One strength of this study is that it uses a theoretically based intervention. The study follows the best practice guidelines set out by the Medical Research Council, the UK national funding agency, in the development and evaluation of complex interventions [49] and published recommendations for pilot studies [50-53]. The intervention package was developed in several stages. A review of the literature identified that few studies focusing on return to work had targeted participant beliefs and yet the role of beliefs in the performance of numerous behaviors, including return to work, has previously been documented [54,55]. A prospective questionnaire study was developed and administered to identify which clinical, work-related, and psychological variables influence the return-to-work process among cancer patients. As part of this study, qualitative interviews were undertaken to gain further information about the patients’ vocational aspirations, perceptions of the process of returning to work, and beliefs regarding their ability to return to work. The study demonstrated the role played by illness perceptions and beliefs about the impact of illness on return to work as well as differences in predictive factors across cancer types [14,56,57]. The results of this research were used to map the intervention components through an intervention mapping methodology used for designing and implementing complex interventions or programs. It has been used for over 20 years for systematically designing multifaceted programs involving numerous interventions directed at various individuals and environments [58]. This methodology is suited to the development of a return-to-work program because it is a complex intervention requiring a tailored and multifaceted approach. Further strengths of the study: chosen self-reported outcome measures relate directly to the components addressed through the intervention, resources are available to support a diverse sample within the study, and a qualitative analysis approach will be used. Qualitative methods are increasingly applied in the developmental stages of RCTs of complex interventions [58]. Qualitative methods are often used to evaluate participants’ understanding and experience of an intervention. Individual in-depth interviews allow exploration of why some participants may respond more positively to the intervention and what modifications may be required to suit different groups of participants (eg, differences between cancer types and occupation types, specific gender-based needs).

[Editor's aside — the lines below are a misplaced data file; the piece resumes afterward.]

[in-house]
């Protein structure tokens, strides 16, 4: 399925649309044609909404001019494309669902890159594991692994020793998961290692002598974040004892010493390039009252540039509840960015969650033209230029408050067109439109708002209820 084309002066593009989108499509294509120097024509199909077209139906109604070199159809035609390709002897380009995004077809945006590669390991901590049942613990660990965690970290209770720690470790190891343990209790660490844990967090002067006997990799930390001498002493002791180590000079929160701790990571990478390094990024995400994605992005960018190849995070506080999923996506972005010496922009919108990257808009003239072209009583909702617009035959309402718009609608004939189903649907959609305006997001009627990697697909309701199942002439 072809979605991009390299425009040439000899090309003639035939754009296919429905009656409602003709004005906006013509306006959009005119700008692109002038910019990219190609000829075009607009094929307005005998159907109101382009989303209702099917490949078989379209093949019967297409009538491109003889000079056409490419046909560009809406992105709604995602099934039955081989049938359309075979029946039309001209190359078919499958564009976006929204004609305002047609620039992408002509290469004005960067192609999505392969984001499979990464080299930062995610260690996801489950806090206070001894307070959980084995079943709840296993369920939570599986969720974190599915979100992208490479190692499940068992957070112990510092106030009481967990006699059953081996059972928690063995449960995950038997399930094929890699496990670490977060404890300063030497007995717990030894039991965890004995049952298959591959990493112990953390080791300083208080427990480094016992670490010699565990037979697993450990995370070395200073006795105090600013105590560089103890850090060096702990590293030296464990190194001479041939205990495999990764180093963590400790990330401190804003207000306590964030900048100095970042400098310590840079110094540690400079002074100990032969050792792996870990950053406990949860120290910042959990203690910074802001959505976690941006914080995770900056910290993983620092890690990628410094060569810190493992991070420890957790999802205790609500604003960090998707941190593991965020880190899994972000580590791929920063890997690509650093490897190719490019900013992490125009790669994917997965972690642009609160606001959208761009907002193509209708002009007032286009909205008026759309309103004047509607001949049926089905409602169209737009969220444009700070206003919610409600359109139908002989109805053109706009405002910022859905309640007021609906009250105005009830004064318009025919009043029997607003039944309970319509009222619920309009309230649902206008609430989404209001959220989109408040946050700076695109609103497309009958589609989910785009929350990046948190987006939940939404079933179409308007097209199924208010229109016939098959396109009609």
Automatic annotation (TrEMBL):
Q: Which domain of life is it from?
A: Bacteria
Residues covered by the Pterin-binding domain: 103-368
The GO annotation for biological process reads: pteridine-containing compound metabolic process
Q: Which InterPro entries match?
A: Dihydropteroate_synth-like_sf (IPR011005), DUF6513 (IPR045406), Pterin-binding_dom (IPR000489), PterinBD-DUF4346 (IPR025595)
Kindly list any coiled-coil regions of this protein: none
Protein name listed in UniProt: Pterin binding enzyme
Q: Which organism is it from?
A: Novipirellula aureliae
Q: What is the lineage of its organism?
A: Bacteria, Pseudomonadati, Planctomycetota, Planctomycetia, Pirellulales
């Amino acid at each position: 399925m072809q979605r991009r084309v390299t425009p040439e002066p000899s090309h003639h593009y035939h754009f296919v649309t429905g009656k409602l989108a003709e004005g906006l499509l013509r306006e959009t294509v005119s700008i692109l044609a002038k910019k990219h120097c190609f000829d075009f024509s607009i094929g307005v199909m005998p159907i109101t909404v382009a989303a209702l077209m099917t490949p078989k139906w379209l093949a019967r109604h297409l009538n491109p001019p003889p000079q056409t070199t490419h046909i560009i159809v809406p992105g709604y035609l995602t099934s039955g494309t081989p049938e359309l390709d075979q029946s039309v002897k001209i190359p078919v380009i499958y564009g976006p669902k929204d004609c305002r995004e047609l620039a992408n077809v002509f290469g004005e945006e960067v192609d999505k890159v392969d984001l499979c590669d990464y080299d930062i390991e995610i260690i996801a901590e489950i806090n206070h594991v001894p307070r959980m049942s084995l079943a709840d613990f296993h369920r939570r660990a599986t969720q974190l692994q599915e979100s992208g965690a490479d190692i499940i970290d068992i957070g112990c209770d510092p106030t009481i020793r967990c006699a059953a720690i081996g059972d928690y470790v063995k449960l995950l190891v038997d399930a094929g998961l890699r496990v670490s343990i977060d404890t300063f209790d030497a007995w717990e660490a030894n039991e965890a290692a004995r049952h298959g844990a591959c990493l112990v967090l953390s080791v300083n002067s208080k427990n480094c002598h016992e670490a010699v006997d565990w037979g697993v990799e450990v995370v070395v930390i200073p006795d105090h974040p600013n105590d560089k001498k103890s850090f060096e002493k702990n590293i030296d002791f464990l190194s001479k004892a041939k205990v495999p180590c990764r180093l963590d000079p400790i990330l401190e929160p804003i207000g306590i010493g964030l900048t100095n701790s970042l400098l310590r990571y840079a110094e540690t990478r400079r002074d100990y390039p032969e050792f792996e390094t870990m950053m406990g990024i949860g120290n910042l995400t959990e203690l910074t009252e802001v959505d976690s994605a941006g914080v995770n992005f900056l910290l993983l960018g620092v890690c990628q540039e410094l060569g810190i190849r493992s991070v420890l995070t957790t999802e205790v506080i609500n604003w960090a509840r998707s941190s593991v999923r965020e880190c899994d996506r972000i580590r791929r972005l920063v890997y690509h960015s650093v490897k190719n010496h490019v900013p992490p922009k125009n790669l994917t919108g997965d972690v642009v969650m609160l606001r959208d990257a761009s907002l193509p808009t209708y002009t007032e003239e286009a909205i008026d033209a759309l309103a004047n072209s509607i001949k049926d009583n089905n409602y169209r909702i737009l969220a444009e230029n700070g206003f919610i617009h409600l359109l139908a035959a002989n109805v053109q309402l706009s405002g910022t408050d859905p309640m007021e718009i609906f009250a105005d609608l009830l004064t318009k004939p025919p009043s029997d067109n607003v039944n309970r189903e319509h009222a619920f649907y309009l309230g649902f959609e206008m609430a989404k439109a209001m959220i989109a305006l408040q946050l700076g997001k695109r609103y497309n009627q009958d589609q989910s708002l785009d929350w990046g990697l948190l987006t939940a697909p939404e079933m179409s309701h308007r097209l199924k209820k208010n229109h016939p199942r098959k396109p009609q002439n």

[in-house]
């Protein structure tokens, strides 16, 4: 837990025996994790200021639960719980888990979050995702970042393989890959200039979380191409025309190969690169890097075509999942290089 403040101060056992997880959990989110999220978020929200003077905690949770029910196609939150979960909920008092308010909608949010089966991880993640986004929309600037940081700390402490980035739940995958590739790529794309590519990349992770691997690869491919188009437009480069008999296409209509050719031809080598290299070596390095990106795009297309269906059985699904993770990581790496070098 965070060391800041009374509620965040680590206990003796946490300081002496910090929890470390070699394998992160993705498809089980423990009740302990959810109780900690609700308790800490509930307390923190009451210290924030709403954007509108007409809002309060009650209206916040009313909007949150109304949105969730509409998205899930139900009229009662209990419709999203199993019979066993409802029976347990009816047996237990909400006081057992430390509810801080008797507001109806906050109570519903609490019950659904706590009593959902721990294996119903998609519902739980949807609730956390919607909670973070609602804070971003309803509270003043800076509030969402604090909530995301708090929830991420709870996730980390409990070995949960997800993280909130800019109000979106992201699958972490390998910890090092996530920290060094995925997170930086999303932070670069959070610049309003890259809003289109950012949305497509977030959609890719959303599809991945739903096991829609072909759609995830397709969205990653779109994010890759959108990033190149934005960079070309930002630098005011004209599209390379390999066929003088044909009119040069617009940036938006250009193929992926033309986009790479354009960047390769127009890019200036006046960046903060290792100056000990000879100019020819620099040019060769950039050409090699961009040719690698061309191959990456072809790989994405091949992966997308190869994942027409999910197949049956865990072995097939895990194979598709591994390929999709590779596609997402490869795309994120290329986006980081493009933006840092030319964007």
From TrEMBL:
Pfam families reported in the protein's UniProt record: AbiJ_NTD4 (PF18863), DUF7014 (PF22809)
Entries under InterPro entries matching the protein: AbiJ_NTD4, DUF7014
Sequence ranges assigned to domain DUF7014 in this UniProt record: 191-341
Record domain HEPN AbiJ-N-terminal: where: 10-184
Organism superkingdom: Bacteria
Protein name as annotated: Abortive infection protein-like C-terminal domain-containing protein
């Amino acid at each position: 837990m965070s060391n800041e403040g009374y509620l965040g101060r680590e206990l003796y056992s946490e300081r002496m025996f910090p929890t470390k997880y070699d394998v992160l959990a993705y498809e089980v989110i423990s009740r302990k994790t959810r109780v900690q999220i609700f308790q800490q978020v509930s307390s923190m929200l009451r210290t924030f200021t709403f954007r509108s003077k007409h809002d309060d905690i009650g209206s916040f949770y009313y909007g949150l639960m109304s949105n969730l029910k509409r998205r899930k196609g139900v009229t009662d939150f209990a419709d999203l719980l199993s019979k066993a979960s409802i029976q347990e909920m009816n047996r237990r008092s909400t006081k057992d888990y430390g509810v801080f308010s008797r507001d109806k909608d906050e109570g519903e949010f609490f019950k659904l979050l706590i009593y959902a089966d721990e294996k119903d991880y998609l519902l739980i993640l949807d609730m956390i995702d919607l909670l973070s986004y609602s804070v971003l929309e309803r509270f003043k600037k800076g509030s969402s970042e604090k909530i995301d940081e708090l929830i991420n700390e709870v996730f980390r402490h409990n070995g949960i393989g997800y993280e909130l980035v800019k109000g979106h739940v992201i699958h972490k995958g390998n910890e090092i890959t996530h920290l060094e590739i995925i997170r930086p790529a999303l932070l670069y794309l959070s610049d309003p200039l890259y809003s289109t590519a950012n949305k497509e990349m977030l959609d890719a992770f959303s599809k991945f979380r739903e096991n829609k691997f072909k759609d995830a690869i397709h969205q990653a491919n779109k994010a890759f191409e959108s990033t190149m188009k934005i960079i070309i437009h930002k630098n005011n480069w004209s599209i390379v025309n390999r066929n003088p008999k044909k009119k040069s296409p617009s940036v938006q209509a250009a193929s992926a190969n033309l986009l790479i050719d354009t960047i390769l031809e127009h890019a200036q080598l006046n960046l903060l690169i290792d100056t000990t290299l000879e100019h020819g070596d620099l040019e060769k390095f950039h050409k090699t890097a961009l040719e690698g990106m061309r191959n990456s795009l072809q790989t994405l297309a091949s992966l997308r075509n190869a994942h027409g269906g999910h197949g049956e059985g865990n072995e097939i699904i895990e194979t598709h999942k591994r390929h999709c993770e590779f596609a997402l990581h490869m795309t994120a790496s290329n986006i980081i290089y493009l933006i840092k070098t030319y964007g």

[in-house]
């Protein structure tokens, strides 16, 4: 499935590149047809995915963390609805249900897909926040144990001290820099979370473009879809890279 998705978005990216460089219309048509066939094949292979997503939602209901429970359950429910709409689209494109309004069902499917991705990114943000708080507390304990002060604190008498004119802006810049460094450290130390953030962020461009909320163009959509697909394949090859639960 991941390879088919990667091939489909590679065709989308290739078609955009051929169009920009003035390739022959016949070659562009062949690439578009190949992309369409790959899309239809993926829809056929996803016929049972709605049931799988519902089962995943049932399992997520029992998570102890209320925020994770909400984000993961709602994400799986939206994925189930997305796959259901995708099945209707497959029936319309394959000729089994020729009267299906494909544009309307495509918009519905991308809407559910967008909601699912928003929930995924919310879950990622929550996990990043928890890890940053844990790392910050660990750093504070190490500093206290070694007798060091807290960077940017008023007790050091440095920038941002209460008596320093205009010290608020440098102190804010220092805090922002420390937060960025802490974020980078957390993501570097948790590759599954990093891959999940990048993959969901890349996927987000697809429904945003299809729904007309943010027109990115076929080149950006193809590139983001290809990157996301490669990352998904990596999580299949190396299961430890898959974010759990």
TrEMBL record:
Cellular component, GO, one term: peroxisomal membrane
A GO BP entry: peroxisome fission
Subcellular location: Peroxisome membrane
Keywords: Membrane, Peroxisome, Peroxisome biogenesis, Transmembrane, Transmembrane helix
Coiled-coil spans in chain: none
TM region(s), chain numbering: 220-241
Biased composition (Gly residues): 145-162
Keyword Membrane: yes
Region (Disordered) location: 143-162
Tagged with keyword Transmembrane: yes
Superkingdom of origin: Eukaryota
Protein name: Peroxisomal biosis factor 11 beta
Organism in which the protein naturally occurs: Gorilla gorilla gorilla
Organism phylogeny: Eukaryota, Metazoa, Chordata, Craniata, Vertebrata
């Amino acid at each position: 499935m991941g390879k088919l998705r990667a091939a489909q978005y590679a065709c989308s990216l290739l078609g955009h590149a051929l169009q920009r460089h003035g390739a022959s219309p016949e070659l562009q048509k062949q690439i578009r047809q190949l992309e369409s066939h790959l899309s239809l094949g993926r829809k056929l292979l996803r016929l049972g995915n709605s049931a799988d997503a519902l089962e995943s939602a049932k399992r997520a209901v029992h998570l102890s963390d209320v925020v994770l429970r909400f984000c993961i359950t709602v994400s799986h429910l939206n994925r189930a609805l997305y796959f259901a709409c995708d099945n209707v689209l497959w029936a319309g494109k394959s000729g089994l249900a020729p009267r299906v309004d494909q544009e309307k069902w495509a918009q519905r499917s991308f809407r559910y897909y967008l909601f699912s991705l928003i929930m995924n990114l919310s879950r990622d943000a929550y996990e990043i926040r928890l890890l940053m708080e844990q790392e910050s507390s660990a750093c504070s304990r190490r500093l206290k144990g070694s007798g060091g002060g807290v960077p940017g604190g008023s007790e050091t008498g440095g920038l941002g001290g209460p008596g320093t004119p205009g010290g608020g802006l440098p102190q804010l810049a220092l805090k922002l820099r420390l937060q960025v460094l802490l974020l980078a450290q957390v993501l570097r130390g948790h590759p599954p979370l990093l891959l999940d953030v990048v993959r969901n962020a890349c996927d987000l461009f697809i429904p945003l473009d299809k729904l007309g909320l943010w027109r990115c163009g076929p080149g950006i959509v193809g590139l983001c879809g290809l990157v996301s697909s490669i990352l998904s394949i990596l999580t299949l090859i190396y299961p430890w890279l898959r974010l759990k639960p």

Conclusion

    This feasibility study may be the first step in the development of an intervention that provides long-term benefits and may have some immediate benefits for the sample who participate. The intervention will provide cancer survivors with the skills and confidence to manage their return to work. The intervention may improve long-term job retention among cancer survivors with the potential to be adapted for other conditions. Furthermore, the intervention may have long-term implications for improving psychological outcomes among cancer survivors through improvements in well-being, mood, and physical functioning, all of which could impact the utilization of national health services.

    Acknowledgments

    This trial is funded by the Research for Patient Benefit Programme: PB-PG-0613-31088A (National Institute for Health Research). The primary sponsor is Coventry University. The sponsor is responsible for ensuring that appropriate arrangements are in place for the initiation, management, and financing of the project and that appropriate insurances are in place.

    Conflicts of Interest

    None declared.

    Multimedia Appendix 2

    Approval letter of support from NIHR (RfPB) for the application for funding. Includes committee comments from their review of the application which have all been addressed.

    PDF File (Adobe PDF File), 235KB

    References

    1. Creed PA, Bloxsome TD, Johnston K. Self-esteem and self-efficacy outcomes for unemployed individuals attending occupational skills training programs. Community Work Fam 2001 Dec;4(3):285-303. [CrossRef]
    2. Coats D, Max C. Healthy work: productive workplaces--Why the UK needs more "good jobs". 2005.   URL: http://www.theworkfoundation.com/downloadpublication/report/77_77_healthy%20work.pdf [accessed 2015-10-12] [WebCite Cache]
    3. Murphy G, Athanasou J. The effects of unemployment on mental health. J Occup Organ Psychol 1999 Mar;72(1):83-99. [CrossRef]
    4. de Boer AG, Taskila T, Ojajärvi A, van Dijk F, Verbeek JH. Cancer survivors and unemployment: a meta-analysis and meta-regression. JAMA 2009 Feb 18;301(7):753-762. [CrossRef] [Medline]
    5. Bowling A. What things are important in people's lives? A survey of the public's judgements to inform scales of health related quality of life. Soc Sci Med 1995 Nov;41(10):1447-1462. [Medline]
    6. Jin RL, Shah CP, Svoboda TJ. The impact of unemployment on health: a review of the evidence. CMAJ 1995 Sep 1;153(5):529-540 [FREE Full text] [Medline]